Members Only – The evolution of the selective IP right of Geographical Indications in the UK
Trade Mark Director Adjoa Anim highlights the changes to the UK Geographical Indication system.
There was a lot of excitement over Gower Salt Marsh Lamb becoming the first UK Geographical Indication (GI) to be awarded protected designation of origin (PDO) status. The PDO for this South Welsh prime lamb joins other GIs that were registered under the pre-existing EU system. After the UK left the EU, a new system has been set up to protect these rights.
What is a GI?
A GI is a sign used on products that have a specific geographical origin and possess qualities or a reputation that are due to that origin. They are used to protect food, drink and agricultural products, including, Parma ham, London Cure Smoked Salmon, Scotch whiskey and Gouda cheese.
Apart from Gower Salt Marsh lamb, there are pending applications for Dundee cake, New Forest Pannage ham and Watercress. Use of GIs give products prestige as they act as guarantors of authenticity, process and origin. Unlike trade marks, GIs are not owned by individual or businesses. Any producer can sell products under a protected GI by meeting the criteria below:
- Follow the specifications of the product;
- Be verified to produce and sell the product; and,
- Use the registered GI name and relevant logo correctly.
How has the registration system changed?
Until 31 December 2020, EU law provided protection for GIs in the UK under four forms; Protected Designation of Origin (PDO), Protected Geographical Indication (PGI), specific GIs for spirit drinks and aromatised wines and Traditional Speciality Guaranteed (TSG), using the following logos:
The UK Government set up its own scheme, effective from 1 January 2021. The Department for Environment, Food and Rural Affairs (Defra) manages the scheme, maintains the registers of product names and processes new applications for the three types of UK GIs, using the following logos:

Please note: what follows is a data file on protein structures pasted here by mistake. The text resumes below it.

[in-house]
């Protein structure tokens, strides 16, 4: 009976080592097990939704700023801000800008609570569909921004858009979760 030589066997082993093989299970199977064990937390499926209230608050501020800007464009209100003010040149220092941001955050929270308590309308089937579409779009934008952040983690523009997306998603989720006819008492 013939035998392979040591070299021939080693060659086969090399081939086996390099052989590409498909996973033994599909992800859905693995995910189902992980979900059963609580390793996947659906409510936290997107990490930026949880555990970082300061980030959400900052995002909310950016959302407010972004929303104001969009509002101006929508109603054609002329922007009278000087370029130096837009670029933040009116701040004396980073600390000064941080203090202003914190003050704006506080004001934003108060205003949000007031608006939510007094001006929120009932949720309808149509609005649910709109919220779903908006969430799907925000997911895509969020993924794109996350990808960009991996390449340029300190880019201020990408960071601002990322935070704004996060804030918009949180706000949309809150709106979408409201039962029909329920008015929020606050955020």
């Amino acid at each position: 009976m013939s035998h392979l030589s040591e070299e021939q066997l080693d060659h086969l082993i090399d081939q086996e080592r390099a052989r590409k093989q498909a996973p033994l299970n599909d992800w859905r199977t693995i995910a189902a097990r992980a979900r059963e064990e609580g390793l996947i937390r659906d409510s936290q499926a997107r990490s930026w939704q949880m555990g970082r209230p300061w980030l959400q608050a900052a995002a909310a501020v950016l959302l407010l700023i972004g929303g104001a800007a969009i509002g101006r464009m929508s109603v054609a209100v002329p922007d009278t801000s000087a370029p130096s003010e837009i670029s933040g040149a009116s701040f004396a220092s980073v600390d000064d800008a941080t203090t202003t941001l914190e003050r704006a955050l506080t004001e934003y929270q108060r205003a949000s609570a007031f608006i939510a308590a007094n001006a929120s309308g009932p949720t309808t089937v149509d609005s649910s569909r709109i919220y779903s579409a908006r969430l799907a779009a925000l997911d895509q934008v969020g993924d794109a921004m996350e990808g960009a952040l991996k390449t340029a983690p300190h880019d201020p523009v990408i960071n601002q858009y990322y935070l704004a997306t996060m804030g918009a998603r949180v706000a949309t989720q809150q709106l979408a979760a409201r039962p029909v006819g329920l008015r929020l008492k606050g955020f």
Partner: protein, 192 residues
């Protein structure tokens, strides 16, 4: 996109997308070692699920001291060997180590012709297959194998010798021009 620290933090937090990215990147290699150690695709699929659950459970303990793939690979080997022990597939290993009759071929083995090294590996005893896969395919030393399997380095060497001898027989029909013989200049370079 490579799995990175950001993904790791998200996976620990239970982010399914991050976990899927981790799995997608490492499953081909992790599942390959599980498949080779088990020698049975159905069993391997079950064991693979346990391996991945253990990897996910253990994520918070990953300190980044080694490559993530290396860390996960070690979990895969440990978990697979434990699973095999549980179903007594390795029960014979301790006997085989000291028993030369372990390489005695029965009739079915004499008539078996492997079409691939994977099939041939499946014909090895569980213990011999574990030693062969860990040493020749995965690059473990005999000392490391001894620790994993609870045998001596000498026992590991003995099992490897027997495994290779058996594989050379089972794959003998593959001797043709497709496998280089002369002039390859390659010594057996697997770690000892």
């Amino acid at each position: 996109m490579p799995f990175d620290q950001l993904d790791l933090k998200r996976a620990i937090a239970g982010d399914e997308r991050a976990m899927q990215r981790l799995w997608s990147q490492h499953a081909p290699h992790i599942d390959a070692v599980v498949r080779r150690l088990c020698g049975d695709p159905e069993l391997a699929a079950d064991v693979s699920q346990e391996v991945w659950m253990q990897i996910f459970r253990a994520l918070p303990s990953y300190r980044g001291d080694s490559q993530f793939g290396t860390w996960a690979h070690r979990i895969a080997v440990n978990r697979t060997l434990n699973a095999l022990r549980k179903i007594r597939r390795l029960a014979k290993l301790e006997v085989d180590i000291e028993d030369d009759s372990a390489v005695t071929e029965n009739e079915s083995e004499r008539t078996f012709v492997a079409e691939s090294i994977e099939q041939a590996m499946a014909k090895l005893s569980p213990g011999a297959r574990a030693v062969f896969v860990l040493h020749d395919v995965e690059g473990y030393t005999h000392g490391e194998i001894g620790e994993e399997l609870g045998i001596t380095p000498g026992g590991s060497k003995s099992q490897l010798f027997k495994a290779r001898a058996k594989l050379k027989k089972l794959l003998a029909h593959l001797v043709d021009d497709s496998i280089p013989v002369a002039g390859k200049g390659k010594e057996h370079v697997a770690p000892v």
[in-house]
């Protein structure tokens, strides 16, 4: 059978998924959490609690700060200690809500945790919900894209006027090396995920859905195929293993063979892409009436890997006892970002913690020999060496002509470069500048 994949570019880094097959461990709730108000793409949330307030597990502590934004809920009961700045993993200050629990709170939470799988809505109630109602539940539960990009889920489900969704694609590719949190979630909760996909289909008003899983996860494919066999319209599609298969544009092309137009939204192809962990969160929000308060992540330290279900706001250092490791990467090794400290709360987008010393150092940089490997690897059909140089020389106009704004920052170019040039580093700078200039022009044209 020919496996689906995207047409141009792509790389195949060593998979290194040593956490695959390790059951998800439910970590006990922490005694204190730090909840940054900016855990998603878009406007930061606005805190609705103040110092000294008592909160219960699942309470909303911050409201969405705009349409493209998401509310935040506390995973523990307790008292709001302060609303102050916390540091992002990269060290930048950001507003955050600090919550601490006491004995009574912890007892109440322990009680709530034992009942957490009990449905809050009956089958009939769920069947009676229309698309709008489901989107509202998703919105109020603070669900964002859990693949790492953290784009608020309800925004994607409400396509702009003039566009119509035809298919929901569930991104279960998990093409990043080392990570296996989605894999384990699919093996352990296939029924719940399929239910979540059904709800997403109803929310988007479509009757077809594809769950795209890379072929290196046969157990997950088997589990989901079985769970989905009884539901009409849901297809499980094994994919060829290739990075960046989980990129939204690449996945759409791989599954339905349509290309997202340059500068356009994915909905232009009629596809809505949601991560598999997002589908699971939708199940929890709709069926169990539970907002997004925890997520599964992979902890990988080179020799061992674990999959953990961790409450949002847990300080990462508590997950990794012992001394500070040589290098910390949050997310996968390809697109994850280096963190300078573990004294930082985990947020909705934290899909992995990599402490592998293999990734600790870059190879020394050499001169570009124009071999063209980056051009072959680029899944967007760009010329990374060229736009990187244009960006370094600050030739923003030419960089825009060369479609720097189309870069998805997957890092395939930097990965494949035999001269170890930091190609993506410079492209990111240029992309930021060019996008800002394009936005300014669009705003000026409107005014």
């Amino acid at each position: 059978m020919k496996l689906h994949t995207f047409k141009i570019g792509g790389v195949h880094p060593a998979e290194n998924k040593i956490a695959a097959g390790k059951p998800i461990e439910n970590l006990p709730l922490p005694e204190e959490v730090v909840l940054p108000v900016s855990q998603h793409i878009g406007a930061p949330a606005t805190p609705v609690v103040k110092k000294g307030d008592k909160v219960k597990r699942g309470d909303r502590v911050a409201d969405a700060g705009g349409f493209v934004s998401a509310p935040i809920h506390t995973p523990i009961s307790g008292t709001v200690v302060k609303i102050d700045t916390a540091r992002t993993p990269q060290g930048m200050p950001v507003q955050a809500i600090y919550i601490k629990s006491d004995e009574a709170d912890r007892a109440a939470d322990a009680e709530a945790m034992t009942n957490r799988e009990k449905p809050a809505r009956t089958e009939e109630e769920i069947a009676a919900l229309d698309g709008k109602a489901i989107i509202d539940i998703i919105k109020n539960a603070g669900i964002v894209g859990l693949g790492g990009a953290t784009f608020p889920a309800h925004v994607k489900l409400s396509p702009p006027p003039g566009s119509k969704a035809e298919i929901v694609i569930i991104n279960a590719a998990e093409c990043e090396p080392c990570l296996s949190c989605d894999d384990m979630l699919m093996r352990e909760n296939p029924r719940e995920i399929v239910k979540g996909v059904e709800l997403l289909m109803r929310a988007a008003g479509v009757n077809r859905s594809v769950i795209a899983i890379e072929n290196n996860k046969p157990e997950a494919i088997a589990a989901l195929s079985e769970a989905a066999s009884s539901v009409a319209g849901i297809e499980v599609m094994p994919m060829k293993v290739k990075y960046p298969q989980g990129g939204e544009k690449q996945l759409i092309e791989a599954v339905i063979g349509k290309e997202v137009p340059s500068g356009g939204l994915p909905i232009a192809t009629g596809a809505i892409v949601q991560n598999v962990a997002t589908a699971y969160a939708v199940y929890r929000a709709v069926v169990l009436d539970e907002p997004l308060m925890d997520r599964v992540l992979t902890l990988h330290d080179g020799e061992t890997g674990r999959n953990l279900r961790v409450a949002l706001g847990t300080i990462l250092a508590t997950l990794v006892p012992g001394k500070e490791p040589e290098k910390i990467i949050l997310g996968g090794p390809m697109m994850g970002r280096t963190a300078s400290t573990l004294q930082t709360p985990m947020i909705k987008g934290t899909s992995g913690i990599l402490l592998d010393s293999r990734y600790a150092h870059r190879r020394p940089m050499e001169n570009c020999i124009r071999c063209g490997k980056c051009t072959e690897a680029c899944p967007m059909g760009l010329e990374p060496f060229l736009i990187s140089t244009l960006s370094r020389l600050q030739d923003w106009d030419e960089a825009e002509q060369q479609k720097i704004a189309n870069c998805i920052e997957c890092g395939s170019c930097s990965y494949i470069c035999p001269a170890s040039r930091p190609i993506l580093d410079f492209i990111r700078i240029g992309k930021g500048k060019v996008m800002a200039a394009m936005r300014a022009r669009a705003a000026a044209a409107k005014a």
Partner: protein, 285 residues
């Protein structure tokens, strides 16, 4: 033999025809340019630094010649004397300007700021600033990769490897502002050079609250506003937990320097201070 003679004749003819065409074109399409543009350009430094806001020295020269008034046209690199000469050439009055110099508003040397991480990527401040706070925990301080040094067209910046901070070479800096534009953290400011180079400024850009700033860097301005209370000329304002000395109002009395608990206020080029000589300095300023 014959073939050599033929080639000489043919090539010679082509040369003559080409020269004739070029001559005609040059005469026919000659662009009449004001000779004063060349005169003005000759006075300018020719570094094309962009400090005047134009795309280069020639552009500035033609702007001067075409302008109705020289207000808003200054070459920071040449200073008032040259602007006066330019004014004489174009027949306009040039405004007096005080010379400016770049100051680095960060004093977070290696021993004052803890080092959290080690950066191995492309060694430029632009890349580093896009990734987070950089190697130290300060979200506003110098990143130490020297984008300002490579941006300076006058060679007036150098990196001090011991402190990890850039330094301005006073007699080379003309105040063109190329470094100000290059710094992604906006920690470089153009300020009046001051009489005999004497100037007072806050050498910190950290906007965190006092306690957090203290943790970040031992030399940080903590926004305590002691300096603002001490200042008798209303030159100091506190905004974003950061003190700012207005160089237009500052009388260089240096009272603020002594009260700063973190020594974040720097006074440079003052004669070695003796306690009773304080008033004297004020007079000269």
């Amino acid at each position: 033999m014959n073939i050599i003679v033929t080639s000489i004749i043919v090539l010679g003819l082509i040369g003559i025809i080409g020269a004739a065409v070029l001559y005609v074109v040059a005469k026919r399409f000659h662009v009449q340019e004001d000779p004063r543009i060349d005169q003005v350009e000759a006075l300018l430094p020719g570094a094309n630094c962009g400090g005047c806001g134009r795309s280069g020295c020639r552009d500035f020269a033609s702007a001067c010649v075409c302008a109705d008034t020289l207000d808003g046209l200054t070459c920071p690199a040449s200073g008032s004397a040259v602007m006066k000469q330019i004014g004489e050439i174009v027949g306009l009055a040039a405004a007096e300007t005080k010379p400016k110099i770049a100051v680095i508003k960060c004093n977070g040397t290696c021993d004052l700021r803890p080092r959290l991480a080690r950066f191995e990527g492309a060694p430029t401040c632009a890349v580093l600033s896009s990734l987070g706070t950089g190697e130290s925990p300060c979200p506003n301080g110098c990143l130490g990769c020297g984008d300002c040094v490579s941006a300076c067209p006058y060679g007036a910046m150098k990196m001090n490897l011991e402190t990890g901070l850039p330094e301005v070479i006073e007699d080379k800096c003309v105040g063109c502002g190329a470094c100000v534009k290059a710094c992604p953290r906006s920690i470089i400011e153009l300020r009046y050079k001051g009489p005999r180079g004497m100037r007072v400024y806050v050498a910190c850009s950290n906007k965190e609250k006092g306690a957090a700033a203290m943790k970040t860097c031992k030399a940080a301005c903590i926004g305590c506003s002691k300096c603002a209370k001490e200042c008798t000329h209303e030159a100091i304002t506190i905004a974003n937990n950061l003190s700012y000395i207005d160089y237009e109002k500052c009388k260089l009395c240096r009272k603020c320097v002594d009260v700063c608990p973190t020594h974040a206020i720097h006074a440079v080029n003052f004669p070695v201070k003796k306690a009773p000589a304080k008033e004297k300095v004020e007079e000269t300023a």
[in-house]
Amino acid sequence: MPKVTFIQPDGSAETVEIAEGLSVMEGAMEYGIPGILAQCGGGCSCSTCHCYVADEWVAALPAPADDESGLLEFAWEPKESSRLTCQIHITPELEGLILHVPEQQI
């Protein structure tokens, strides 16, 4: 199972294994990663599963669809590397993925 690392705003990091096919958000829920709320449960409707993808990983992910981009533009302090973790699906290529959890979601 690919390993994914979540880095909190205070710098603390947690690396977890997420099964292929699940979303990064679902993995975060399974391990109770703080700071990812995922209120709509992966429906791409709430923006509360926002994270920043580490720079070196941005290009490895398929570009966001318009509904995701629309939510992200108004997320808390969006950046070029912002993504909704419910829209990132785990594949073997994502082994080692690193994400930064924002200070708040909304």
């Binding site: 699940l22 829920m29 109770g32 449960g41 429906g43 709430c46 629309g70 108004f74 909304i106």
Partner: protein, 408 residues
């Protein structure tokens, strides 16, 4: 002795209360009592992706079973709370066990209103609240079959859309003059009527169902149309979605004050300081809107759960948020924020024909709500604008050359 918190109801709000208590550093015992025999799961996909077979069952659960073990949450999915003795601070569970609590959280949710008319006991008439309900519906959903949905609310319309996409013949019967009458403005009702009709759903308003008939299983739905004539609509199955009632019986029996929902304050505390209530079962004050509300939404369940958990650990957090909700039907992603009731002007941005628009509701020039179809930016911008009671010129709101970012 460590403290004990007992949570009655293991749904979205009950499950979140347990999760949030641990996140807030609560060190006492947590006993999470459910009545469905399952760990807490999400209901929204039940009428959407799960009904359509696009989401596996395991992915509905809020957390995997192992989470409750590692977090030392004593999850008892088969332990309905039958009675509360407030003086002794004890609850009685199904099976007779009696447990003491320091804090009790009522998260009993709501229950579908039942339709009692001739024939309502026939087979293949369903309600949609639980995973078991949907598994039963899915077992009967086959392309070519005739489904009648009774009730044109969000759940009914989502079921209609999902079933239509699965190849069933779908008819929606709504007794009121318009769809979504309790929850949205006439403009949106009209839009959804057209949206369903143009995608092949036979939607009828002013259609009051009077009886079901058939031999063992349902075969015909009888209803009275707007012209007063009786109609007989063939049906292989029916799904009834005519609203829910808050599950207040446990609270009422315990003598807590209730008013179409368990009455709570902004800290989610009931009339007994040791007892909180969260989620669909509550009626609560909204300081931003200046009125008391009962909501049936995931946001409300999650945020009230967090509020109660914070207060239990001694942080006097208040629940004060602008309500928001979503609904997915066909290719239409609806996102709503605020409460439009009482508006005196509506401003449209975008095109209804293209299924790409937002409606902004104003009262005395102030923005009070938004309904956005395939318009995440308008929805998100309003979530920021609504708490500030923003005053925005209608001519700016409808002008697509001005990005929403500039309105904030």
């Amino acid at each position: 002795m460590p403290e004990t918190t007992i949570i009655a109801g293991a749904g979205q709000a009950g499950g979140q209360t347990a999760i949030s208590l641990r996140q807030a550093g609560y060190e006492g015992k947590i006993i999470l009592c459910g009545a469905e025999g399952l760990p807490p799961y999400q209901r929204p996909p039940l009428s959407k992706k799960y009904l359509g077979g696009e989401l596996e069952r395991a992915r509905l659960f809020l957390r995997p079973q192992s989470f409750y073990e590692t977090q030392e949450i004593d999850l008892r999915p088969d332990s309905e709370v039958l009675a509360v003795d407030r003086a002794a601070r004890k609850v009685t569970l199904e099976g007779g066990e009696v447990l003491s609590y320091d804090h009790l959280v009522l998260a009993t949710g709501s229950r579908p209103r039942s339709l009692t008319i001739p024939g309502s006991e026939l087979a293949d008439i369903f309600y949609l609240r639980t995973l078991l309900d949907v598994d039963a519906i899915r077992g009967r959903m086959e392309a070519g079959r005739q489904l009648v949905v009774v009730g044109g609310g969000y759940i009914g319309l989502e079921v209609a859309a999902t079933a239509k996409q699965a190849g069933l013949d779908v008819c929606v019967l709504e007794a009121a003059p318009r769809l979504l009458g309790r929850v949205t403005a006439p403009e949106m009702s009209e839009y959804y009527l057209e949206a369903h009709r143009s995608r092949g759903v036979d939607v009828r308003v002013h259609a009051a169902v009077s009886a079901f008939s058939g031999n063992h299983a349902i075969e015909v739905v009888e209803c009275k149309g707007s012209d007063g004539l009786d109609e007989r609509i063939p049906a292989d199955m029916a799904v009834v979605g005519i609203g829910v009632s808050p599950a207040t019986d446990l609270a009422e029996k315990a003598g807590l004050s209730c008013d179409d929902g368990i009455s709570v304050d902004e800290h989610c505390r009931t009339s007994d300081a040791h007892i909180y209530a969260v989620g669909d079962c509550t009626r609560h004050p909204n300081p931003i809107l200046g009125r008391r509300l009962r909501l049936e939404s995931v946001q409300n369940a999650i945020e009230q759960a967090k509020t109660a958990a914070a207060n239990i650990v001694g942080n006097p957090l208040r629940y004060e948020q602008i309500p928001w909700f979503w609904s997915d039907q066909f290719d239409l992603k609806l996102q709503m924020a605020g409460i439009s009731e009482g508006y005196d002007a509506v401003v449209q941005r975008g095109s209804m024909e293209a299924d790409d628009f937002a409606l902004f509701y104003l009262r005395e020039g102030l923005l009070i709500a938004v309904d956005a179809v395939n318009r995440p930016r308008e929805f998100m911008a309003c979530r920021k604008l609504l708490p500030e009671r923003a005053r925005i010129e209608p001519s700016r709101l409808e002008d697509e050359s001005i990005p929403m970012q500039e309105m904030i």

The logos will be used for the UK’s four GI schemes, covering the following types of products:
- Food, agricultural products, beer, cider and Perry
- Aromatised wine
- Spirit drinks
Some finer points
The UK system protects new GIs in Great Britain and will be open to producers inside and outside the country. Great Britain producers should secure protection under the UK scheme before applying to the EU scheme, and EU producers have to do vice versa.
For the duration of the Northern Ireland Protocol, special rules apply in relation to Northern Ireland. To protect a new GI in Northern Ireland, producers will have to use the EU scheme. Northern Irish producers will have a parallel system for products protected under the EU and UK GIs; additionally, they can seek protection in the UK, without obtaining protection in the EU. Registered GIs for products produced in the Republic of Ireland and /or Northern Ireland, including Irish Whiskey, will continue to be protected in the UK and EU. Defra also maintains the Northern Irish schemes.
All GIs protected in the EU before 1 January 2021, are protected in the UK and EU, under the respective GI schemes. GIs for products protected under EU system are ‘cloned’ and protected under the UK system. Producers that used [EU] GIs in the UK before 31 December 2020 have three years to update packaging and marketing materials with the new UK logos. Producers that register GIs under the new UK system from 1 January 2021 must use the new logos, as soon as they have registered protection.
Why take note
During the transition period, producers and retailers will need to incorporate the new UK GI logos on all packaging and marketing materials. There is also updated guidance available from Defra to be reviewed and actioned as required.
Looking to the future
Defra will continue to manage both Great Britain and Northern Irish schemes. It will be interesting to see how the they are merged once the Norther Ireland Protocol has ended.
This article was prepared by HGF Trade Mark Director Adjoa Anim.